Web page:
6. My child only was invited to a barmitzvah party. Both he and I attended the service and luncheon, but I did not feel comfortable dropping him off alone to the party being held at a somewhat posh venue. When I told the mother that my child couldn’t attend the party portion unless accompanied by me, she said they couldn’t afford to invite all the school moms. I noticed that most of the Jewish school moms (and dads) were invited, but none of the non-Jewish moms, even though I socialize with some of them. It just felt kind of rude, and so my child did not attend the party. I didn’t feel comfortable dropping off my child at a huge reception with mostly strangers and no one really looking out for him. Why was it so difficult for her to understand that? I read news stories where the kids often go unsupervised at these parties and end up drunk and sometimes molested by certain guests who target these type of events because of that. I also don’t want my child exposed to the hypocritical party after spending all morning at this supposedly spiritual service. Why do some people spend money on big parties like this when they can’t seem to afford to invite everyone? I noticed the mom invited other kids to fill in the spots of the few that declined for the same reason as me and she picked kids of parents who often “drop” their child off anywhere alone. I asked my kid if I was being too over protective? But he said “no”, smiled, and was relieved to not go. The safety and well-being of my child is more important to me than a clueless parent. The audacity of this mom trying to talk me into just dropping off my child up to the day of the event was so annoying when all she had to do was add one more person to her guest list. I know that most places plan for those possible extra 5 or 6 people and so she really had no excuse. It kind of made me feel like they were just using the non-Jewish children somehow. In any case, we stayed home as a family and had the most wonderful time not having to get all dressed up in suit and tie again.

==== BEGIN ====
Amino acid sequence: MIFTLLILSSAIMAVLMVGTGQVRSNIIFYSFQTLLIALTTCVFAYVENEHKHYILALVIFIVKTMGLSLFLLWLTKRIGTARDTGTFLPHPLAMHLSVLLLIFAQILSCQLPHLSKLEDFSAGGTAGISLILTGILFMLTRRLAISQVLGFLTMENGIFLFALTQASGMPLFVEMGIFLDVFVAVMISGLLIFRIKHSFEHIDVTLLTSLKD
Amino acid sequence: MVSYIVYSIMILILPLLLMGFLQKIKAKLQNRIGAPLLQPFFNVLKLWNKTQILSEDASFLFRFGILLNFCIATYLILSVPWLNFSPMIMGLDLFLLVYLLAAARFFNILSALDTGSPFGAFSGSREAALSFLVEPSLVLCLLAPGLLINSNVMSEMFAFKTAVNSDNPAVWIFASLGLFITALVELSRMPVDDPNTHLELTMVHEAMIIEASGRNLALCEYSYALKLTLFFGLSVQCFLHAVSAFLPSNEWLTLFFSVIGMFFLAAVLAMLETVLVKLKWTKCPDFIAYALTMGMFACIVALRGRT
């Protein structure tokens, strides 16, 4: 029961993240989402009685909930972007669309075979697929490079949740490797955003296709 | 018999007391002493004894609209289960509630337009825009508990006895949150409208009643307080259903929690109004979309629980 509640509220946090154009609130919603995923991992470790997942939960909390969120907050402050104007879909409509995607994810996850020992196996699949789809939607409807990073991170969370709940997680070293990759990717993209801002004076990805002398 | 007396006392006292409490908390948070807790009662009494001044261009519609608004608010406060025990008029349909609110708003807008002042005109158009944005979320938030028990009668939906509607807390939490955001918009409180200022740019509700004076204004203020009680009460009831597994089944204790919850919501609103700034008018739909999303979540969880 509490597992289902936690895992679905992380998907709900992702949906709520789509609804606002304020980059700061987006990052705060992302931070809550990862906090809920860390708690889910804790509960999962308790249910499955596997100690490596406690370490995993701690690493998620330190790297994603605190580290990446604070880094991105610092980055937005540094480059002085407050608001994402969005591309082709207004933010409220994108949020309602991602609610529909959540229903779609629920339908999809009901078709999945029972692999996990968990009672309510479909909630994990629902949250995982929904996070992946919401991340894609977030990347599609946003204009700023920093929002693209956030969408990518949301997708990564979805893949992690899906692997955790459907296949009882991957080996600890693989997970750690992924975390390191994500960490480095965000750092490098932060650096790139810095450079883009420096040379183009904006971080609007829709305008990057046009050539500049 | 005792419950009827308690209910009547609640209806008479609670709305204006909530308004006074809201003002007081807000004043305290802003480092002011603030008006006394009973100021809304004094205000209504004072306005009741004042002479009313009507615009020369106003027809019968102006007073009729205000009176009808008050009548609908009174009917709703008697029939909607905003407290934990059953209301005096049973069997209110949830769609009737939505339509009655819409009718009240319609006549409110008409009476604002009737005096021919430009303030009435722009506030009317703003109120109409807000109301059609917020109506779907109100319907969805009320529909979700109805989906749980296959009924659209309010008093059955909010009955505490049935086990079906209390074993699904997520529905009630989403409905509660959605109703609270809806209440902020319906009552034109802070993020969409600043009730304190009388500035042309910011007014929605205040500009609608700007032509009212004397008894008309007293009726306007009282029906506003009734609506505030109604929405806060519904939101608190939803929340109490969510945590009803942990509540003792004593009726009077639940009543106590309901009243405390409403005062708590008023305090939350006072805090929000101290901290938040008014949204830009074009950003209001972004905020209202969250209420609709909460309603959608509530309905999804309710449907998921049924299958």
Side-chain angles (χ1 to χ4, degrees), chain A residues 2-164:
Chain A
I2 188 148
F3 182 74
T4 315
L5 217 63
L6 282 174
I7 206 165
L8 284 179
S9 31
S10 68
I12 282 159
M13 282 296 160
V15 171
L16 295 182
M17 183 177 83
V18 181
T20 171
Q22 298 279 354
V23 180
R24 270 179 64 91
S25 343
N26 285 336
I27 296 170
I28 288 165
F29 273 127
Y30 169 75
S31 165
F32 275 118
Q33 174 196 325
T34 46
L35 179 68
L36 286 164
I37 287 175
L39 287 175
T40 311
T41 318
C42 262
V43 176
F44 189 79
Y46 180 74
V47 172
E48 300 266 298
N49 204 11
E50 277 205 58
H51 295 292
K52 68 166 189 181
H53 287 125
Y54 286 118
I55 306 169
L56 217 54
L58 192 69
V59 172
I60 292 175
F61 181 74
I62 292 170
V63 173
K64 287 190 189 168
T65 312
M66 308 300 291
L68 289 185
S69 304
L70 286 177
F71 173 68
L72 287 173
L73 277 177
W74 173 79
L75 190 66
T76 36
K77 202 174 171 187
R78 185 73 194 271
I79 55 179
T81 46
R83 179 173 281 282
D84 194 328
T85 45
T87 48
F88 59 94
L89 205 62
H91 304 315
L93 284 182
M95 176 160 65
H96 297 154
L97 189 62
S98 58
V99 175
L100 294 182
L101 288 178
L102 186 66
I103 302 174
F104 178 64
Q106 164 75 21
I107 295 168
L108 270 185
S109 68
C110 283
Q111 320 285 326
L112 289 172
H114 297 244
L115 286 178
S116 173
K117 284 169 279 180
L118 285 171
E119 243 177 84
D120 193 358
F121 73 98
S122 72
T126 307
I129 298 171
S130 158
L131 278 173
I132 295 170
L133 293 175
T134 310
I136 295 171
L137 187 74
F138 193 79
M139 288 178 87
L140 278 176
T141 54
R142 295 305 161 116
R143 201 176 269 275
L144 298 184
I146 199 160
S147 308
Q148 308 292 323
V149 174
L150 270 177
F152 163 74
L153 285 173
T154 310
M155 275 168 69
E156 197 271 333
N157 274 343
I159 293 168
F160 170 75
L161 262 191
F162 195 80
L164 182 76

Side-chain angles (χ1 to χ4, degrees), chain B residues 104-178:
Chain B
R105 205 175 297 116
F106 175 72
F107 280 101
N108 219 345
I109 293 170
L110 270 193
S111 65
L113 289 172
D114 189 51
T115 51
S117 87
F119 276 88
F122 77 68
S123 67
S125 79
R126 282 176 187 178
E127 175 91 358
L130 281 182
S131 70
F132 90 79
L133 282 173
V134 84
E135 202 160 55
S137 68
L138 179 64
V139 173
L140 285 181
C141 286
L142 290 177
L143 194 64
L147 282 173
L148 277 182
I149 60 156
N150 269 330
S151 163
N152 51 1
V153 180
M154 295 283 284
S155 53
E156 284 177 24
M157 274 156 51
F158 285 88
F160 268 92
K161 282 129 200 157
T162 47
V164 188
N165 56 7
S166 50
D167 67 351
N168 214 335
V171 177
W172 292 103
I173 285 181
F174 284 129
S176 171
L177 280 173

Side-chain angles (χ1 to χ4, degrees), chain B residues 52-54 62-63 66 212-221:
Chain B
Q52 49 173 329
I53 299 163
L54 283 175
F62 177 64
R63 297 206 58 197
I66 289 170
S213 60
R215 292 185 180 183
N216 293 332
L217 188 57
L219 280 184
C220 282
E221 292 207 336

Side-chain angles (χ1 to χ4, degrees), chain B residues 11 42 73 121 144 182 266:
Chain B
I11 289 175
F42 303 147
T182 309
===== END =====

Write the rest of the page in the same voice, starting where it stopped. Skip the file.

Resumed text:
7. However, there is an advantage, the cell maintain time is certainly longer than smartphones.
    Also, the more specific you can be about your subject heading, the better.
    Suffice to say the boss was well versed in Thai etiquette and law and always greeted Thai staff in the official manner
    and always treated them with respect.

  8. How does etiquette differ when the bat mitzvah is an adult?

    Also, I am disabled, and I find it easier to use the Siddur on my iPad in our Reform synagogue. No one has told me not to do so in the past. Have I been treading on the patience of synagogue members?